It's a potential legal minefield, but it is at the very heart of this whole story. We all want to see racing, and racing between team-mates is the ultimate expression of that because a) they are in the same equipment and b) the fact that they have to tread carefully when dicing with each other adds an extra element. After all this season was always flagged as being about Vettel vs Webber, Hamilton vs Button, Rosberg vs Schumacher and, of course, Alonso vs Massa.
Many will argue that teams don't want to let their drivers compete - but that robs us of so much of what we all love about the sport.
Osterlind summed things up in his report: "Motor racing ought to be and remain unpredictable, as it has been to date. Part of that competitive element is to take equal interest in all competitors. Irrespective of their fitness, talent or position in the race and/or championship, competitors should be able to rely on themselves for purposes of winning the race without any form of external aid influencing their sporting performance.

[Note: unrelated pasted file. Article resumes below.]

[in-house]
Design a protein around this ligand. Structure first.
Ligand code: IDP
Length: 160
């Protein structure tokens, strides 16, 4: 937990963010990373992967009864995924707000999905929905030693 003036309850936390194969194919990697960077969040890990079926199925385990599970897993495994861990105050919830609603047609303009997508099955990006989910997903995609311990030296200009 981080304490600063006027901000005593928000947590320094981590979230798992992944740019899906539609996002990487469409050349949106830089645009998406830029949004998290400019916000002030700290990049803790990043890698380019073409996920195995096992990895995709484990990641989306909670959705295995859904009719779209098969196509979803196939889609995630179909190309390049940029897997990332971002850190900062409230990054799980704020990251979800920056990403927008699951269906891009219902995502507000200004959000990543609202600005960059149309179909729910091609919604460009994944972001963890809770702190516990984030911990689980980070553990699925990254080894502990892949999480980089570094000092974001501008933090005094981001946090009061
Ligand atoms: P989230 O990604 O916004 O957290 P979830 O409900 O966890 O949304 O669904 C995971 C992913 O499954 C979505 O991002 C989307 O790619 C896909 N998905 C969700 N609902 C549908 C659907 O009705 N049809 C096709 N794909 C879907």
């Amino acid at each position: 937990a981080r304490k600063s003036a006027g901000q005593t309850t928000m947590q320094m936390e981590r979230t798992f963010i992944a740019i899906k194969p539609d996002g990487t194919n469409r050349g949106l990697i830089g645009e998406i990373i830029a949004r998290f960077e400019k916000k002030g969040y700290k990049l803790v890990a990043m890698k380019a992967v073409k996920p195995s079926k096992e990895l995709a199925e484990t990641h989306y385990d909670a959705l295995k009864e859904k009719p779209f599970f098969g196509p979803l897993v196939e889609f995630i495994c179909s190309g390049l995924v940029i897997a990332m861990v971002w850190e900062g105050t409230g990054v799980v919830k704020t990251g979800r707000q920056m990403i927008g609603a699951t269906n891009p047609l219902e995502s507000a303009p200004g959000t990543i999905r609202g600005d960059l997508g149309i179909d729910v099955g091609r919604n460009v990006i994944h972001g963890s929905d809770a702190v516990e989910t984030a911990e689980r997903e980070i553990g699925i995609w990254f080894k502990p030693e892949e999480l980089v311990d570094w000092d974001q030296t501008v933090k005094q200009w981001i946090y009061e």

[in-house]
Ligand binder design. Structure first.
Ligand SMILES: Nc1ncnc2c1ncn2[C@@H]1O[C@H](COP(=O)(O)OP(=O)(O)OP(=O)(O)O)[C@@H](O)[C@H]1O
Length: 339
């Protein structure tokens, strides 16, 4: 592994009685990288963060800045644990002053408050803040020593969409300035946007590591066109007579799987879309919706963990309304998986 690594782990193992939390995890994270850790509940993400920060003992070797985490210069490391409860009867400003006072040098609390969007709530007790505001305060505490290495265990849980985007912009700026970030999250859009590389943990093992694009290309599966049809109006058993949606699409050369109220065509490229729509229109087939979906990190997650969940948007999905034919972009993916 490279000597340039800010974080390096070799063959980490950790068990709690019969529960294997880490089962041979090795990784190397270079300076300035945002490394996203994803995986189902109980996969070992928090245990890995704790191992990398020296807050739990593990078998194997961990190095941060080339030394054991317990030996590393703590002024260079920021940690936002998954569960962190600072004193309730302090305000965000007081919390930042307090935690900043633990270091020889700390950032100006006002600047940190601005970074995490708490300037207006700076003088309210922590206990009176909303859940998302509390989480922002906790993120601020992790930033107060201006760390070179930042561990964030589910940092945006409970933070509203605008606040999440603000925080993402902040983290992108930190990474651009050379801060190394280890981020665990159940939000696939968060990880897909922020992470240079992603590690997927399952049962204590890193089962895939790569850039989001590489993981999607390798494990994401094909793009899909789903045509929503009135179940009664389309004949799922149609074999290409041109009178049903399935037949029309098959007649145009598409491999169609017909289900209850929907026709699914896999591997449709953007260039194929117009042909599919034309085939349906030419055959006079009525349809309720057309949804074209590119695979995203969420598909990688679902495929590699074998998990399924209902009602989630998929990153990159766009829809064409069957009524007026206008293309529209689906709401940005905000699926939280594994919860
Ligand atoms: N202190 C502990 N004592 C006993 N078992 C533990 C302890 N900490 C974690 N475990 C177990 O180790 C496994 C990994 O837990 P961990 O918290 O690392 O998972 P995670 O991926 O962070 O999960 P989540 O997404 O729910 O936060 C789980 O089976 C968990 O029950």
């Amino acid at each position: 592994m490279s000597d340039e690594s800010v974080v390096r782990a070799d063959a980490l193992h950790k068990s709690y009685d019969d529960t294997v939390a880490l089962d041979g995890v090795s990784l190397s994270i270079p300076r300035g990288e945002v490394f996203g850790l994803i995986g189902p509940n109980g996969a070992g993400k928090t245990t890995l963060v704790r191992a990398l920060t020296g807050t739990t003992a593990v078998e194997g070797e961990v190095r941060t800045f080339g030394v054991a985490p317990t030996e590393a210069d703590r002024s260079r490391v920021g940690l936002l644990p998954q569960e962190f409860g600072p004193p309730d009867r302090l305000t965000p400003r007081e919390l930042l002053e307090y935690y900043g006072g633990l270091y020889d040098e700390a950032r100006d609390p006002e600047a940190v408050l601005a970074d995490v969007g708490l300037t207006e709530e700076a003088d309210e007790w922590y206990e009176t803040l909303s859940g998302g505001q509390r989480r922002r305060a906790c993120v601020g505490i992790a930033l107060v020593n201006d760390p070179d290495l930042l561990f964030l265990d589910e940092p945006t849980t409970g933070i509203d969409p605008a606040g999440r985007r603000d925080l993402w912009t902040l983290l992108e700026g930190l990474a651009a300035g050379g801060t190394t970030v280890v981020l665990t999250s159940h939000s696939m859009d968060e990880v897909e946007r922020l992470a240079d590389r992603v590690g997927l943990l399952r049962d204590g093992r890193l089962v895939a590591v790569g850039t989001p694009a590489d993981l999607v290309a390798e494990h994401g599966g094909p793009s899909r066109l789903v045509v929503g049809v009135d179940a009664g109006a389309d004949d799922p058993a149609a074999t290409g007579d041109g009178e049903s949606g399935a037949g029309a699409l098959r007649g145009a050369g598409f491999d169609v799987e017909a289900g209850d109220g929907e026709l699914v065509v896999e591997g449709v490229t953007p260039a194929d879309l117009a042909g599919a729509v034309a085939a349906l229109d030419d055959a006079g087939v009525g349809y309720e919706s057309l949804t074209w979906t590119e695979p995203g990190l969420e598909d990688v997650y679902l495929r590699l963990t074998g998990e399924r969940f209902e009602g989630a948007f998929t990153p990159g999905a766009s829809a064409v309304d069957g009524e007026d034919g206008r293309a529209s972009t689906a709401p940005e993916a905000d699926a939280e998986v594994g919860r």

"Sports ethics involves the elimination of cheating and bending the rules. In addition to the existing written rules, there can therefore be said to be a moral obligation on drivers to abide by the rules, in accordance with the principles of fair play."
The sad thing is that on whatever side of the fence you sit, this case hasn't done much good for the sport in the eyes of the public. Let's just hope that the season passes without 39.1 rearing its ugly head again...